You can make a difference
Indivisible NWI is sponsoring Health, Wellness and Vaccine Fair at Wicker Park Pavilion, 2215 Ridge Road in Highland, on Thursday, June 15, 4:30-7:00. Join us! Free screenings, health, wellness and safety info. Free flu and Covid vaccines! Our partner- the Lake County Legacy Foundation- is giving $25 Stracks cards to everyone who has a vaccine! Giveaways, snacks and more! For families, kids, seniors- everyone!
We will also offer voter registration and information. Join us and spread the word!
Our next Public Meeting will feature State Representative Earl Harris Jr.! Join us on Thursday, June 29 at 6pm at the Merrillville Library, 1919 81st Ave. Representative Harris will discuss updates from the State House along with how the Inflation Reduction Act and other federal legislation is impacting Indiana, especially all of us in NW Indiana. We’ll also continue working in groups to plan and take actions on important issues. Get involved, stay involved; we’re doing the work. Join us!
Please register here and bring a friend!
“June 1 marked the start of Pride Month, a time when many companies and brands enact inclusive initiatives or product lines in honor of LGBTQ+ communities nationwide. Recently, however, such corporate projects have been increasingly enveloped by a swell of (mostly) conservative and far-right backlash, pushing companies to either acquiesce and roll back their plans or weather the storm and stand strong in their support.” Read how a few of those companies have responded. (The Week)
Read a brief history of the origins of the month from the Library of Congress. Find comprehensive information and resources at the Human Rights Campaign. From the same site, find events throughout the month.
Juneteenth is now a federal holiday. For some of the events being held in NW Indiana, click here and here.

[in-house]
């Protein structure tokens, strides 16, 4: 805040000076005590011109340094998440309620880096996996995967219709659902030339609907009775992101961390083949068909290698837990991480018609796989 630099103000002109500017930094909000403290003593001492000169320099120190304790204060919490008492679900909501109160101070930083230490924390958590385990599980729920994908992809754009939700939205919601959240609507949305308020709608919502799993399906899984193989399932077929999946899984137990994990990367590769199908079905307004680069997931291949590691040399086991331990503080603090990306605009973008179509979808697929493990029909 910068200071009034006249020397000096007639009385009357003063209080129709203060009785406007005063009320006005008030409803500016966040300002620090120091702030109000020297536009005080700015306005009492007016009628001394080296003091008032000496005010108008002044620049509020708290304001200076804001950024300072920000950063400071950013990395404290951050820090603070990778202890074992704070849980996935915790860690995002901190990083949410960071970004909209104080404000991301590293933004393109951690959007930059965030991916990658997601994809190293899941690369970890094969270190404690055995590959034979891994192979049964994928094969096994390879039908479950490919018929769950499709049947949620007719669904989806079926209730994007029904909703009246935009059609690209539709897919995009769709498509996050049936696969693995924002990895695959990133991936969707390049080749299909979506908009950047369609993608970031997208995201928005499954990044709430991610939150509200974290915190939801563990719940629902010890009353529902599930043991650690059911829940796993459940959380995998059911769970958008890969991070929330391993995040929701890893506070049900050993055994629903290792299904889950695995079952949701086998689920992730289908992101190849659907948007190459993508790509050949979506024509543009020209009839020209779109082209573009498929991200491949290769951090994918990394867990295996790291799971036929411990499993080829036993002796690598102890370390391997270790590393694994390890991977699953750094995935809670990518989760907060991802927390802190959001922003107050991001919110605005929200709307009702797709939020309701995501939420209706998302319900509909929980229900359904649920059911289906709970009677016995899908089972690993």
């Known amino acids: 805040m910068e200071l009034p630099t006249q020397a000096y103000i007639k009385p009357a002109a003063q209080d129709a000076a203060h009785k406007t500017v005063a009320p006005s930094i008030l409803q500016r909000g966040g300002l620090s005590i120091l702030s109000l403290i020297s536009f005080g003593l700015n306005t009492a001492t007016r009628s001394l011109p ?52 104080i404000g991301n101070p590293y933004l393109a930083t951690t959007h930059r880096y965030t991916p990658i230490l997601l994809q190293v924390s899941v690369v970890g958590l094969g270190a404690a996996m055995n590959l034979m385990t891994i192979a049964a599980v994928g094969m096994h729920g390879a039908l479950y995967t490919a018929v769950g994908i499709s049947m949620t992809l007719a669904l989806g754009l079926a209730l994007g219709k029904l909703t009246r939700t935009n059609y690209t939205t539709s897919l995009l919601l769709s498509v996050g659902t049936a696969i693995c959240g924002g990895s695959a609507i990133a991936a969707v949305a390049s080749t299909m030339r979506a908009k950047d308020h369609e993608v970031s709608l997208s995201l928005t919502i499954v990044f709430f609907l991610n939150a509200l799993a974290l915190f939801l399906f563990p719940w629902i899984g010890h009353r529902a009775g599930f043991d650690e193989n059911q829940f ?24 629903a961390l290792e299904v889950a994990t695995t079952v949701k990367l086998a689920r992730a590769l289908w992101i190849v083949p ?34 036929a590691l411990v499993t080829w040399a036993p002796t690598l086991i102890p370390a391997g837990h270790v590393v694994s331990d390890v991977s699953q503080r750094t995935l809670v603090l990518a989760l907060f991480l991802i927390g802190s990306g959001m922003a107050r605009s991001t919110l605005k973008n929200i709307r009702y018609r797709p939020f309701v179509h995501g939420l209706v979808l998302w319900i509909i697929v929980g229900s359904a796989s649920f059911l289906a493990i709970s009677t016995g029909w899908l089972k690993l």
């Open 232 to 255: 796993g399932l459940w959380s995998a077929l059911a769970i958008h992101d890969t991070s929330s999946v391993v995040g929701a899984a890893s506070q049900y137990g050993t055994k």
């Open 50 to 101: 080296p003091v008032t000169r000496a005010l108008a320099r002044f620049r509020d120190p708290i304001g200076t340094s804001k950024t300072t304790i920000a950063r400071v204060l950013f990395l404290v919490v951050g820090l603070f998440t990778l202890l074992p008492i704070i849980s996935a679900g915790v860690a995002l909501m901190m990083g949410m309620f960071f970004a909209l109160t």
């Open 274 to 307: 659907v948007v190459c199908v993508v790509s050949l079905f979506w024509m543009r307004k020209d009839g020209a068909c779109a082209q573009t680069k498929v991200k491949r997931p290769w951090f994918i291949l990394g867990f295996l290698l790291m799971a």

Enacted, signed into law by the President
H.R. 3746: Fiscal Responsibility Act of 2023
GovTrack.us: “This bill would enact a compromise reached by House Republicans and President Biden to avert an impending fiscal crisis related to the statutory debt limit. In exchange for the continued solvency of the federal government, sought by Democrats, Republicans secured in the bill across-the-board cuts to federal spending, ending Biden’s suspension of student loan repayments, adding new work requirements for SNAP and TANF, reinstituting the statutory debt limit after the 2024 elections, and more.”
“A large bipartisan majority of the Senate voted 63-36 to approve the bill…
Senate Republican conservatives such as Sens. Rand Paul (R-Ky.) and Mike Lee (R-Utah) joined Republican defense hawks such as Sens. Roger Wicker (R-Miss.), Lindsey Graham (R-S.C.), Dan Sullivan (R-Alaska) and Tom Cotton (R-Ark.) in voting against the bill.
A total of 31 Republicans voted against the measure, including Senate Republican Conference Committee Chairman John Barrasso (Wyo.).
Senate Democrats, meanwhile, weren’t happy about caps on non-defense discretionary spending, tougher work requirements for federal food assistance and approval of a controversial natural gas pipeline — but the overwhelming majority of Democrats voted for the bill to avoid a default. Just four Democrats voted against the measure: Sens. John Fetterman (Pa.), Ed Markey (Mass.), Jeff Merkley (Ore.), Elizabeth Warren (Mass.), along with Bernie Sanders (I-Vt.).” (The Hill) Indiana Senator Young voted yea and Senator Braun voted nay. View the vote in the Senate.